Nader to Occupy: Help Raise the Minimum Wage by Chris Hedges

Inequality Hurts Us All

Image by Dean Chahim via Flickr

Happy Birthday, Ralph Nader! ~ DS

by Chris Hedges
Featured Writer
Dandelion Salad
Feb. 27, 2012

The Occupy movement may be able to forge a powerful alliance with millions of working men and women around a national call to raise the minimum wage to $10 an hour. The drive to establish new encampments, while important, is going to be long and difficult. The ongoing efforts to stand up to the foreclosure and mortgage crisis, the marches to hold Wall Street accountable, the protests against stop-and-frisk policies in New York City or police brutality in Oakland, while vital, do not draw the numbers into the streets across the country needed to loosen the grip of the corporate state.

Some 70 percent of the public supports raising the minimum wage. This is an issue that resonates across political, ethnic, religious and cultural lines. It exposes the vast disparities in wealth and the gross inequalities imposed by our corporate oligarchy.


via Truthdig

Copyright © 2012 Truthdig

Chris Hedges spent two decades as a foreign reporter covering wars in Latin America, Africa, Europe and the Middle East. His latest books are Death of the Liberal Class, and The World as It Is: Dispatches on the Myth of Human Progress.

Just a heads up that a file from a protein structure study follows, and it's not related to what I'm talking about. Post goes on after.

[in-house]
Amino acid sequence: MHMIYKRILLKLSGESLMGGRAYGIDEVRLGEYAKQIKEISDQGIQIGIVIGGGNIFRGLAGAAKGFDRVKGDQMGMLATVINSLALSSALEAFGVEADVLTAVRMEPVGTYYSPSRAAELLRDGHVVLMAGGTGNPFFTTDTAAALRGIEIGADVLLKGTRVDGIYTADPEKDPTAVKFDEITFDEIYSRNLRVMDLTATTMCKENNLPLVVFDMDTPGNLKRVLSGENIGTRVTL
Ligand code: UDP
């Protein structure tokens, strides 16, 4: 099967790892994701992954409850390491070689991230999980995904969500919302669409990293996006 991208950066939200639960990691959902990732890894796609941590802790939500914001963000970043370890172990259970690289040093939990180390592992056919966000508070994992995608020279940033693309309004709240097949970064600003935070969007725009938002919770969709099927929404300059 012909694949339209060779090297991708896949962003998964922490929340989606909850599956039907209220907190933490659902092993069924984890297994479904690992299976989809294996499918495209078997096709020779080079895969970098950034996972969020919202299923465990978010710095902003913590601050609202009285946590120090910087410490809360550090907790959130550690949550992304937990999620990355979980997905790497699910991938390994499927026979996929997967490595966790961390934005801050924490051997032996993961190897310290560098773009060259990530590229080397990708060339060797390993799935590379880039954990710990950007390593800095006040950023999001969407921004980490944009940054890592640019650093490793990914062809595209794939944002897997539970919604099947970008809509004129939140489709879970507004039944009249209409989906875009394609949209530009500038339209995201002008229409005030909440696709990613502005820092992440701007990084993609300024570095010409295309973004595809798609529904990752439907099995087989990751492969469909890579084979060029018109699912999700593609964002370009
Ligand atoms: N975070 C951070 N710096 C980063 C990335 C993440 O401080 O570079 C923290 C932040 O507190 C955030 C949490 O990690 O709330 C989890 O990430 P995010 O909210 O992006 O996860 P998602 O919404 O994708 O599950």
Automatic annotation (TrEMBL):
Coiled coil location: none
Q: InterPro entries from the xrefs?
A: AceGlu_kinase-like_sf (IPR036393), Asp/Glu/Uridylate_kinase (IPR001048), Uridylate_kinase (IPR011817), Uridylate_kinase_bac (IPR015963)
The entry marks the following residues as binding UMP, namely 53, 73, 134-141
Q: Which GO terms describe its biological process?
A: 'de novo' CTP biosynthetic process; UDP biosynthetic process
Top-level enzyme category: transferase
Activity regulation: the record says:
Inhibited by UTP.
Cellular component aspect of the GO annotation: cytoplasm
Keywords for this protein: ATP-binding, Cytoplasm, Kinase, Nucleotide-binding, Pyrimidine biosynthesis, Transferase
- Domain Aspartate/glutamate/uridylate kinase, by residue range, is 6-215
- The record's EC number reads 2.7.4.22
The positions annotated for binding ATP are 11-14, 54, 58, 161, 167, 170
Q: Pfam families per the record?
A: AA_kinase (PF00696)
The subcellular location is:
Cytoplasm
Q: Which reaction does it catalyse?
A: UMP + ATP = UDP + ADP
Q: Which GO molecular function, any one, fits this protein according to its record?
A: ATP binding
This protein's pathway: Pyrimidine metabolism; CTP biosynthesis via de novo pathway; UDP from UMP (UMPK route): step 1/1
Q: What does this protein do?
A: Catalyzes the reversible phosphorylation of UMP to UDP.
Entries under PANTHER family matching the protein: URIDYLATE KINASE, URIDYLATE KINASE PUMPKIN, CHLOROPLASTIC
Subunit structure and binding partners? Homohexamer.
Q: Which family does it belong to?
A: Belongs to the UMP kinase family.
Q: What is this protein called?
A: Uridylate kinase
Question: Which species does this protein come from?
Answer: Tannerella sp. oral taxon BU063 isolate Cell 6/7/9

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12 thoughts on “Nader to Occupy: Help Raise the Minimum Wage by Chris Hedges

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  12. Hi all! I would caution that there is another side to this one. I agree that the minimum wage is too low, but raising it by edict is not the answer. Many small-to-medium businesses hire people at this wage. It will only force them to hire fewer workers , lay people off, or raise prices to make up for the increased wage.

    The real solution is to organize Labor. It is so wrong for the workers at places like Wal-Mart and Micky D’s to not be unionized. Organizing and negotiating better wages is the answer, not just raising the minimum wage, which would lead to fewer employed people, higher prices, and many smaller businesses less willing to hire or offer benefits.

    It would also benefit min-wage earners if the government ,in some way, encouraged profit-sharing, perhaps as some sort of tax deduction or credit. You’re cool with min. wage if you know you are going to get a chunk of profit, makes people more productive and loyal too, ‘raises all boats’.

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